I never know where to start with these things, so how about I make it simple and start at my birth. I was born in Scarborough, Ontario as the second and “last” – there may be more, you never know – child in my family. Growing up in a European household – half Italian, half Greek – there were many things I was exposed to that most people wouldn’t experience until later on in life; Feta Cheese, wine at dinner, homemade tomato sauce, spanakopita (search it), and a raging passion for soccer. Although I did love my food to the point where my family doctor once told me that I needed to stop eating sausages, my true love ended up being the game of soccer, and my parents played their role in supporting me by signing me up for my first season at the age of six. I quickly picked up the sport and excelled over the next 7 years
By 2013, the summer before grade 9, instead of getting ready for high school along with all my friends I was preparing for an opportunity to move to Italy for six months on a soccer exchange program. For me it was a dream come true, but for my mom it was her biggest worry. She wasn’t ready to let her “little baby” leave home at the age of 13 to pursue a lifelong dream. But, by the start of September I was in Italy living with people from all over the world. The six months flew by and although I wasn’t picked up by a professional team I had developed this burning passion to make my dream a reality. So, when I started grade nine my focus was on re-creating the atmosphere I experienced in Italy. Waking up at 5 am, training before and after school, getting to bed early and no partying – I sacrificed the average teenage life. Four years later at the age of 17 I got my break; I was offered a full ride scholarship to Memphis university on the condition that they would watch me play one last time before signing me.
But what seemed so close – a full ride soccer scholarship – ended up being the furthest thing from my grasp. A week before the biggest tournament in the USA where Memphis was planning to watch me play,I faced an unfortunate situation. During a game just before half time I went shoulder to shoulder with this 200lb brick wall and when I caught myself, I ended up tearing the meniscus in my left knee. The next four months were filled with tears, hugs and reassuring messages from family and friends reminding me that I still had time. But after this first surgery the next year of my life was a total haze. I ended up re-tearing the meniscus in my left knee a second time and going under for another operation only to end up tearing it in my opposite knee for a third major injury. I opted out of the surgery and one week off morphed into one month which ultimately led to my early retirement. Now what, who was I without soccer? I felt worthless. Too many students attach their self-worth and identity to their passions and hobbies, but If they lose that thing, they feel empty – welcome to my situation.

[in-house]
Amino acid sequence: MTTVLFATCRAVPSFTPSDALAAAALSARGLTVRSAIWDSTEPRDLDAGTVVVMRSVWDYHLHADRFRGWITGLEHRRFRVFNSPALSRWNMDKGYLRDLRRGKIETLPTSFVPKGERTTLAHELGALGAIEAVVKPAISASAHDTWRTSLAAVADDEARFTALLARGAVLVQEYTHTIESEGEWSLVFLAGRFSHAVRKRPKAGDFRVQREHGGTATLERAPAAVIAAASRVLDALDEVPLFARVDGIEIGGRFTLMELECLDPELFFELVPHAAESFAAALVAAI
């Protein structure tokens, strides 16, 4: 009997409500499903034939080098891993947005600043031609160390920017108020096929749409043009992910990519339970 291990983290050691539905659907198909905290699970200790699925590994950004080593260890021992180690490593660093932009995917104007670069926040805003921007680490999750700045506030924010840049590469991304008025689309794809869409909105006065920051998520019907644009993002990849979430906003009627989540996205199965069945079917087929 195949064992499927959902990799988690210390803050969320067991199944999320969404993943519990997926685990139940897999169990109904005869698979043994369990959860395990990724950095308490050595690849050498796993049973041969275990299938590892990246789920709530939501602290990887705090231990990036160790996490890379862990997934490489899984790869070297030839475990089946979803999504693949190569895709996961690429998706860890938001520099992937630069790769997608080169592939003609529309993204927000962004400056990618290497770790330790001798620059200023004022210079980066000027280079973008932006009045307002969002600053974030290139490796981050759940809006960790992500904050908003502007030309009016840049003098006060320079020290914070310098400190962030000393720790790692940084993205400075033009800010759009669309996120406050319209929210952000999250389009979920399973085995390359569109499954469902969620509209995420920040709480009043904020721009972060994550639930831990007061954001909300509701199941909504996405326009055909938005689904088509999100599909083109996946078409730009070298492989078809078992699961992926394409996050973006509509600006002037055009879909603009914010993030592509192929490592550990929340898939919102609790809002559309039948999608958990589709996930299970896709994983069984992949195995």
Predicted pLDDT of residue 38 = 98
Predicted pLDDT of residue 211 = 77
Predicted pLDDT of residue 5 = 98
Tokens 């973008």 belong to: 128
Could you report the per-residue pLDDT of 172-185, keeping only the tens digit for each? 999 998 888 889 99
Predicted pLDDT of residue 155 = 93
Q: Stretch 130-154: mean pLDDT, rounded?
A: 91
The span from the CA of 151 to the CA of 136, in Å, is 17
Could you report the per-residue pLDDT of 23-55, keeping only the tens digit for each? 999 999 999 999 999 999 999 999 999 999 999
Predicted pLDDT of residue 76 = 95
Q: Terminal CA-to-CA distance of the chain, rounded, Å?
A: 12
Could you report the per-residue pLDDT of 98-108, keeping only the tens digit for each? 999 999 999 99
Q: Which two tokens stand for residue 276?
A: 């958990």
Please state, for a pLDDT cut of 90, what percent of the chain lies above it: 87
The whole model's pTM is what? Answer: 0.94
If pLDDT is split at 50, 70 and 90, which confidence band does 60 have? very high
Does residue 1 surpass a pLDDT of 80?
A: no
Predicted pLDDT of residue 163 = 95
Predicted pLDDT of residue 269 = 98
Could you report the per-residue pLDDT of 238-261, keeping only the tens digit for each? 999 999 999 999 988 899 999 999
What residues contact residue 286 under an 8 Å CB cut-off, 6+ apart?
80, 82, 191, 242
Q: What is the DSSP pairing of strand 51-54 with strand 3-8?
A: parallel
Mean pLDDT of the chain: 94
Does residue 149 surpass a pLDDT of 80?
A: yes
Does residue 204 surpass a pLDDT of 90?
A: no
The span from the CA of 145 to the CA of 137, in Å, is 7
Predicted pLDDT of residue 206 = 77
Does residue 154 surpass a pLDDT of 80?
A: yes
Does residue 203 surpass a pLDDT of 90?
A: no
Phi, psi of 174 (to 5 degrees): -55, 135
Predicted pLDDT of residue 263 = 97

It wasn’t until my grade 12 world issues teacher exposed me to leadership, service and social impact that I was able to turn my life around. He taught me a simple lesson that small consistent actions could lead to a massive change. The “small actions” part seemed tangible and for the first time since my injuries I felt capable of providing something of value to the world. This simple theory led me to start a social enterprise that was featured all over national news, and in the process I fell in love with making a difference. I fell in love with meeting new people, organizing community events and working together as a team to solve problems. I fell in love with seeing the smiles on students faces after giving a presentation. I made a decision to dedicate my life to helping students realize that they can make a difference.
Day after day I continued stepping on stage improving my craft and helping students fill their lives with resiliency, leadership, purpose and service. Through the process my perception shifted. I stopped looking at life as “who can I become”, and rather began asking myself, “how can I be of service?”
So, since the age of 17 years old I have retired “firstname.lastname@example.org”, and I’m happy to say that the work i’m doing today gives me even more fulfillment and the possibility to leave my mark on the world. I’ve worked with over 100 schools/events and, since 2017, have been building PickWaste with my brother from another mother, Dillon. It sure has been a bumpy ride, but I wouldn’t change a thing.